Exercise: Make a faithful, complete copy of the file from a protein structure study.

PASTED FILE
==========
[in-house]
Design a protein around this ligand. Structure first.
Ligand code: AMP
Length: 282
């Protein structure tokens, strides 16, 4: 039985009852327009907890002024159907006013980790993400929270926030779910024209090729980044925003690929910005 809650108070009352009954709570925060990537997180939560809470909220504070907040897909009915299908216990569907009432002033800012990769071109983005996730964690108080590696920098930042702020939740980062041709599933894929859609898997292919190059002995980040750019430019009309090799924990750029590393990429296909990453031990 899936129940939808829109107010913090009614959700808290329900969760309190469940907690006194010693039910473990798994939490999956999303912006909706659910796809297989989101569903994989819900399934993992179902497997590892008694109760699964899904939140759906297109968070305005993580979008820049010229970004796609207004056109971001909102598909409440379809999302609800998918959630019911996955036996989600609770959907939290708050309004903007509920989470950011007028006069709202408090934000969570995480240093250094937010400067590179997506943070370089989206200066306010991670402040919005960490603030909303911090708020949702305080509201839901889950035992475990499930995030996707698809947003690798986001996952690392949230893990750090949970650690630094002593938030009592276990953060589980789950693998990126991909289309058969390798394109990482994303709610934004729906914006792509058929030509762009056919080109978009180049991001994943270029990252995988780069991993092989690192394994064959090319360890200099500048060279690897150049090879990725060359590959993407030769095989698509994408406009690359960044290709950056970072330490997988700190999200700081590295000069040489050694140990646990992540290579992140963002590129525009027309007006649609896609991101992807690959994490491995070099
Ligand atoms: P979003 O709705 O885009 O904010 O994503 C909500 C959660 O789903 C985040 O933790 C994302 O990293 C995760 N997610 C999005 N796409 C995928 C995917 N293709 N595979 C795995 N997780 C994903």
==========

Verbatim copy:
[in-house]
Design a protein around this ligand. Structure first.
Ligand code: AMP
Length: 282
């Protein structure tokens, strides 16, 4: 039985009852327009907890002024159907006013980790993400929270926030779910024209090729980044925003690929910005 809650108070009352009954709570925060990537997180939560809470909220504070907040897909009915299908216990569907009432002033800012990769071109983005996730964690108080590696920098930042702020939740980062041709599933894929859609898997292919190059002995980040750019430019009309090799924990750029590393990429296909990453031990 899936129940939808829109107010913090009614959700808290329900969760309190469940907690006194010693039910473990798994939490999956999303912006909706659910796809297989989101569903994989819900399934993992179902497997590892008694109760699964899904939140759906297109968070305005993580979008820049010229970004796609207004056109971001909102598909409440379809999302609800998918959630019911996955036996989600609770959907939290708050309004903007509920989470950011007028006069709202408090934000969570995480240093250094937010400067590179997506943070370089989206200066306010991670402040919005960490603030909303911090708020949702305080509201839901889950035992475990499930995030996707698809947003690798986001996952690392949230893990750090949970650690630094002593938030009592276990953060589980789950693998990126991909289309058969390798394109990482994303709610934004729906914006792509058929030509762009056919080109978009180049991001994943270029990252995988780069991993092989690192394994064959090319360890200099500048060279690897150049090879990725060359590959993407030769095989698509994408406009690359960044290709950056970072330490997988700190999200700081590295000069040489050694140990646990992540290579992140963002590129525009027309007006649609896609991101992807690959994490491995070099
Ligand atoms: P979003 O709705 O885009 O904010 O994503 C909500 C959660 O789903 C985040 O933790 C994302 O990293 C995760 N997610 C999005 N796409 C995928 C995917 N293709 N595979 C795995 N997780 C994903």